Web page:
©2015 Margaret Atwood (P)2015 Random House Audio

What members say

Average Customer Ratings

Overall

  • 4 out of 5 stars
  • 5 Stars
    519
  • 4 Stars
    574
  • 3 Stars
    347
  • 2 Stars
    113
  • 1 Stars
    54

Performance

  • 4 out of 5 stars
  • 5 Stars
    713
  • 4 Stars
    459
  • 3 Stars
    199
  • 2 Stars
    65
  • 1 Stars
    30

Story

  • 3.5 out of 5 stars
  • 5 Stars
    438
  • 4 Stars
    481
  • 3 Stars
    335
  • 2 Stars
    139
  • 1 Stars
    75
Sort by:
  • Overall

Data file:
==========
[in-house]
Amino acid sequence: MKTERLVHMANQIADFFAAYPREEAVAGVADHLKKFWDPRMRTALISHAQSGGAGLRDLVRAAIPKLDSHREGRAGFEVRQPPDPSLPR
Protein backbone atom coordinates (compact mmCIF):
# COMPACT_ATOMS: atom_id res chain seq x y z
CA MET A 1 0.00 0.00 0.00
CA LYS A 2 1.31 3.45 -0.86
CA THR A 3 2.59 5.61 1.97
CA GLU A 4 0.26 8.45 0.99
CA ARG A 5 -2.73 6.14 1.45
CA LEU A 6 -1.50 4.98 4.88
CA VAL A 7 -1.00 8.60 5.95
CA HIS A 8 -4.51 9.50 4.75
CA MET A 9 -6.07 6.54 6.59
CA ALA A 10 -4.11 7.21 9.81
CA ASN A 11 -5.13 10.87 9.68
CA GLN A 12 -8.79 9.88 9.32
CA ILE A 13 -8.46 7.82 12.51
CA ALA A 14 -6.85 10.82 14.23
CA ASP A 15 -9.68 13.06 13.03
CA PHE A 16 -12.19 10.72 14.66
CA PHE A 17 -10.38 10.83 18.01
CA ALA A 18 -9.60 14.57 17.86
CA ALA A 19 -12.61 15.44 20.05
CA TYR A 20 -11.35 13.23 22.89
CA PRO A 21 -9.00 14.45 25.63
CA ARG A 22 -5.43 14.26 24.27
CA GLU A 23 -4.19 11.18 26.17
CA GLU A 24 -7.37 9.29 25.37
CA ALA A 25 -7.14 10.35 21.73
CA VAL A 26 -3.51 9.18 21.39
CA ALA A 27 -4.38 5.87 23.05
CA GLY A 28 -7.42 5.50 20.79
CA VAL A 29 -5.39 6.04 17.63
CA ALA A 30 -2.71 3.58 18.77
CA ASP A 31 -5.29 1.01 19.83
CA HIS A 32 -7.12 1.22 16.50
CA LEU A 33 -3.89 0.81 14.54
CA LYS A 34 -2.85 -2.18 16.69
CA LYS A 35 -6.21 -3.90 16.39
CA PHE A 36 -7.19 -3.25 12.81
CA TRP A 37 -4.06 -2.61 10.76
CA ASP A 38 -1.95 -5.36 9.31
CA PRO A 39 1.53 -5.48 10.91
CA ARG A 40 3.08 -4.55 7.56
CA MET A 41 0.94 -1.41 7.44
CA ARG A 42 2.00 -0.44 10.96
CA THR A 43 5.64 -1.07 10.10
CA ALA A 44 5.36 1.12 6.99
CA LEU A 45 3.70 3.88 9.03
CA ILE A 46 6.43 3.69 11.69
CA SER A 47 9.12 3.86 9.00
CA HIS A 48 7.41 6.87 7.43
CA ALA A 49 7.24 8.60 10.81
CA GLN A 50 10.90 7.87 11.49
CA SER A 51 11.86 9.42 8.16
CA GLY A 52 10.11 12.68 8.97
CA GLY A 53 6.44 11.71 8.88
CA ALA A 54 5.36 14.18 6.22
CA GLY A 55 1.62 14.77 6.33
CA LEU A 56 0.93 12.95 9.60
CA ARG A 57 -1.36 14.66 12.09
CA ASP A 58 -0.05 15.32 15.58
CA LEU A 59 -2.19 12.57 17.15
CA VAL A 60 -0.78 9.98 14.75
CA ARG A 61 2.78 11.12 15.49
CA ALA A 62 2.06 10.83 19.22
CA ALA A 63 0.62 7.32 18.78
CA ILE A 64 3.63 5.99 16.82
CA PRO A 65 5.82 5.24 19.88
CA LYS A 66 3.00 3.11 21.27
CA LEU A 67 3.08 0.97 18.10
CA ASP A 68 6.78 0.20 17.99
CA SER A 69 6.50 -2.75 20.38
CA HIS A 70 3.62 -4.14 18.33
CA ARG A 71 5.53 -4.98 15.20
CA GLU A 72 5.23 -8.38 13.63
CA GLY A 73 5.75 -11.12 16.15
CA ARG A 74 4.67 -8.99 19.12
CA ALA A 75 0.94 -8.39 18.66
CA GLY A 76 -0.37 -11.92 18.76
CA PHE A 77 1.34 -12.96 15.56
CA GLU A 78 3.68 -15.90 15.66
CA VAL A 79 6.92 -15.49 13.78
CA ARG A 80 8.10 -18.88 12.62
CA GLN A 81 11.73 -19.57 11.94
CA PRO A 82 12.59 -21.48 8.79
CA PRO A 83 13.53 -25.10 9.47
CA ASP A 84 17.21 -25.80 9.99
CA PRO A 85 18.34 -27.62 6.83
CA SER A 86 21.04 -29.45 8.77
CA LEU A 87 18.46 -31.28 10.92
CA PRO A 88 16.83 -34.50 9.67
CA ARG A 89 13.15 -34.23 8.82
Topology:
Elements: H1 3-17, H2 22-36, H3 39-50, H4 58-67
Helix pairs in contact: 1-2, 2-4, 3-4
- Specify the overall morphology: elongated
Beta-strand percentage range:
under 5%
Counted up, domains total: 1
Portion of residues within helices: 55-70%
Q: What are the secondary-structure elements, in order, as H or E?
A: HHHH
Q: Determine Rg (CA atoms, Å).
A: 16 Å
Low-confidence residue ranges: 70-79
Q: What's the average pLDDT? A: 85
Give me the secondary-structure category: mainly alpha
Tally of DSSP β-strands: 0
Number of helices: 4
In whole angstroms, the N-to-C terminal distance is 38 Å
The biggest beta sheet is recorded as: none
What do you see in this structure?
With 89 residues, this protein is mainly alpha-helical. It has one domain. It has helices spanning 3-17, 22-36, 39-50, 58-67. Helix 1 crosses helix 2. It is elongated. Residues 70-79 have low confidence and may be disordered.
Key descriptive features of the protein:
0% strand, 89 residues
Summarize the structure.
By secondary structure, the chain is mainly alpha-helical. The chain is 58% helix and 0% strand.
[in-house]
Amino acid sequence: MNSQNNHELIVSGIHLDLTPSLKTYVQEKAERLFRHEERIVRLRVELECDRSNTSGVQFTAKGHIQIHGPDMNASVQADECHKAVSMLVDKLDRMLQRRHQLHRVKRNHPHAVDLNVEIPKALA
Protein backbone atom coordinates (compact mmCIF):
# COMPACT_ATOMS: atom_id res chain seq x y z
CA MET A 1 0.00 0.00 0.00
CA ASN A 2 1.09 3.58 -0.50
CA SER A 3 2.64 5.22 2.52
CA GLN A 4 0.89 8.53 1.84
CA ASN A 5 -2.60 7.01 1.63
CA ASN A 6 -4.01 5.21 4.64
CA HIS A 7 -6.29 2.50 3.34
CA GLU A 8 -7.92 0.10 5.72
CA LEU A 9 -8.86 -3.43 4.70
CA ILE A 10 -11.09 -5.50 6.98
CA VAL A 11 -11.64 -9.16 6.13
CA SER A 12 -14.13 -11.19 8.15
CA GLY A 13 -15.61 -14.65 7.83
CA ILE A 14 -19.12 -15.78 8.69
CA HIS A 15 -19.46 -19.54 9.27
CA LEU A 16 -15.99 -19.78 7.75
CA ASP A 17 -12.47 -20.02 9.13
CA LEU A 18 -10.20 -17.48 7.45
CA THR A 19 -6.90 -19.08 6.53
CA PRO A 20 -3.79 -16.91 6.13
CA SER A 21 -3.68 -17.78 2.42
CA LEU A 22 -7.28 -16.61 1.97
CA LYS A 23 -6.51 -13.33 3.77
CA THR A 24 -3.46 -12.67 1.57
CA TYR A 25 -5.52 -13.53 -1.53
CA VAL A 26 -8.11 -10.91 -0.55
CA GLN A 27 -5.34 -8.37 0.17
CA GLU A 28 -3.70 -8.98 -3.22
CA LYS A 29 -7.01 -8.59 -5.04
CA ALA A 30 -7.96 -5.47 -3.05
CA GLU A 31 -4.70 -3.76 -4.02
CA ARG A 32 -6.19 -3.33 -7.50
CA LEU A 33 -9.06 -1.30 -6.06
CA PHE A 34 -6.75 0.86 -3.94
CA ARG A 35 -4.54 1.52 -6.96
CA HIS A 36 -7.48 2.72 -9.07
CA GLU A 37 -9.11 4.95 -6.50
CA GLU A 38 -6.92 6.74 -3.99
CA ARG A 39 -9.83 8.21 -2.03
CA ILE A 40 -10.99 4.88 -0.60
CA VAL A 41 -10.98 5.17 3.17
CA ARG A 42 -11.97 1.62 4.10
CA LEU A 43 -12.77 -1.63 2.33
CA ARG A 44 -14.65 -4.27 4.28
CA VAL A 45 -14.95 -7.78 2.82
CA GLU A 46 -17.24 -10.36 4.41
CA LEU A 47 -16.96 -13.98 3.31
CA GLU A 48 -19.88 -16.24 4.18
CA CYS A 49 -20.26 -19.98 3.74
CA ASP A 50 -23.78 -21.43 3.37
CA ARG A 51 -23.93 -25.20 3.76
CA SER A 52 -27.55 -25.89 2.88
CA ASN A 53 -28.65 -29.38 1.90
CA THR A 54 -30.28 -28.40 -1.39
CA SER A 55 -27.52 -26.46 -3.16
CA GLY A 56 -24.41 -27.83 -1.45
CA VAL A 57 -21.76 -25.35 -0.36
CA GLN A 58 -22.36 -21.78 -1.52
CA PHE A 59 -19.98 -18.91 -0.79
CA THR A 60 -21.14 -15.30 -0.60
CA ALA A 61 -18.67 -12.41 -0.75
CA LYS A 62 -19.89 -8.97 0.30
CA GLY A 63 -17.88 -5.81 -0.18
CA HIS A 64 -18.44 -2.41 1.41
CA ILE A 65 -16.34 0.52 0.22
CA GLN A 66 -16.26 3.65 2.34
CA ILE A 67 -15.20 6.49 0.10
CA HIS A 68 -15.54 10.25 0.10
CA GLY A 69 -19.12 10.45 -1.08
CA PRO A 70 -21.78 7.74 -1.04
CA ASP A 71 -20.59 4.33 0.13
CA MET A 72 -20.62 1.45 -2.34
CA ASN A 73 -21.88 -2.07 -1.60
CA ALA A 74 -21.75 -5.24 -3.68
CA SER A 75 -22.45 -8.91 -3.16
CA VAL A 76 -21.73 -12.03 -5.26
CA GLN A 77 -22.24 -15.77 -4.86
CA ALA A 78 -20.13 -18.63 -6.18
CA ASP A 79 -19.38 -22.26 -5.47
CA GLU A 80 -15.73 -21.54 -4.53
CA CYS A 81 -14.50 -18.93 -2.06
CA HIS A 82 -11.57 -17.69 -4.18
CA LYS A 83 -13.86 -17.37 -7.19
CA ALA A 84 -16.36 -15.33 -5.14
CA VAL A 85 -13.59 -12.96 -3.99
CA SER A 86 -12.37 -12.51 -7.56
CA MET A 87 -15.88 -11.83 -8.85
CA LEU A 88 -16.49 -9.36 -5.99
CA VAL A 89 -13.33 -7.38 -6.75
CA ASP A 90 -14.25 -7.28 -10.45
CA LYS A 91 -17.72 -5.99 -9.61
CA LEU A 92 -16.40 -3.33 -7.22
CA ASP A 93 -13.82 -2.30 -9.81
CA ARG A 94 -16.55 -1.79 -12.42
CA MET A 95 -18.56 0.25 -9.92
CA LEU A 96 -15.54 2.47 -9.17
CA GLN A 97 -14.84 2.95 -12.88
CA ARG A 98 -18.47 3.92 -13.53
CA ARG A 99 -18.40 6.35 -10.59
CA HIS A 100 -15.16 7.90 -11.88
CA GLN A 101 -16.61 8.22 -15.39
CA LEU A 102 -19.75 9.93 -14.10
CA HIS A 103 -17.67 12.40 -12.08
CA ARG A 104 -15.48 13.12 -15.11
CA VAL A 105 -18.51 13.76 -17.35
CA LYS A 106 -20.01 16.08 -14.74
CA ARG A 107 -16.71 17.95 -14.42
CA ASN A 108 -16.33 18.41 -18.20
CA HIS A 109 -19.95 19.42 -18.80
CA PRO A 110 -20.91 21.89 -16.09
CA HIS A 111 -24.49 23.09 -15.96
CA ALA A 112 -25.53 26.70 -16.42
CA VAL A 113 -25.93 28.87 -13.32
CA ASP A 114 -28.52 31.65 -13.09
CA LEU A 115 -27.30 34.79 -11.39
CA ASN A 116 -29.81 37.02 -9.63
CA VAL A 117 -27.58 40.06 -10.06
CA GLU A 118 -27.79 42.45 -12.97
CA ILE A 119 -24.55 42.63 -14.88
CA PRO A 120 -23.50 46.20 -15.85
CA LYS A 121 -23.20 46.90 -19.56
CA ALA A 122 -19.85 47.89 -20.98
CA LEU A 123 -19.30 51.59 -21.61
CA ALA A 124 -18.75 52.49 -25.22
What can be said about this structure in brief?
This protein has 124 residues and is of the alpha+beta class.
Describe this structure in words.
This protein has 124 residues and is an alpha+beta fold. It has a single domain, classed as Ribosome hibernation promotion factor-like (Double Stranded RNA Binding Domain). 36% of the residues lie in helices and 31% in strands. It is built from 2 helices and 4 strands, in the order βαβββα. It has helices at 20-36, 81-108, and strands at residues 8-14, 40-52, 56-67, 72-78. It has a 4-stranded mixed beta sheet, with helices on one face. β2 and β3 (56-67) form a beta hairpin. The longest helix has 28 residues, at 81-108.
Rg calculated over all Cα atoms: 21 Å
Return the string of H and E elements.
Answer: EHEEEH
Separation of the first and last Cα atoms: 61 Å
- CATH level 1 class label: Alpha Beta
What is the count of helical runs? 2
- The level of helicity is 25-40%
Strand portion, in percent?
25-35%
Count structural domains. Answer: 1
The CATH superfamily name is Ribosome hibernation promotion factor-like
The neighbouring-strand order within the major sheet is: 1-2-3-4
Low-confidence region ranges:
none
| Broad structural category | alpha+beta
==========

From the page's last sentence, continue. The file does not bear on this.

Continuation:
4 out of 5 stars
  • Performance
    3 out of 5 stars
  • Story
    5 out of 5 stars

Thoughtful and intriguing

I love Atwood and all of her fiction. This book had a very interesting plot although less complex and less beautifully written than her usual style. More straight to the point. It was surprisingly plausible for a dystopian novel. My biggest complaint was the female narrator who was incredibly annoying. I don't think the female character herself is incredibly likable but it was impossible with this narrator. If you're considering the audiobook I might pick up the hard copy instead.

23 of 23 people found this review helpful

  • Overall
    4 out of 5 stars
  • Performance
    3 out of 5 stars
  • Story
    3 out of 5 stars
  • MV
  • 12-23-15

Classic Atwood: an entertaining fantasy

What made the experience of listening to The Heart Goes Last the most enjoyable?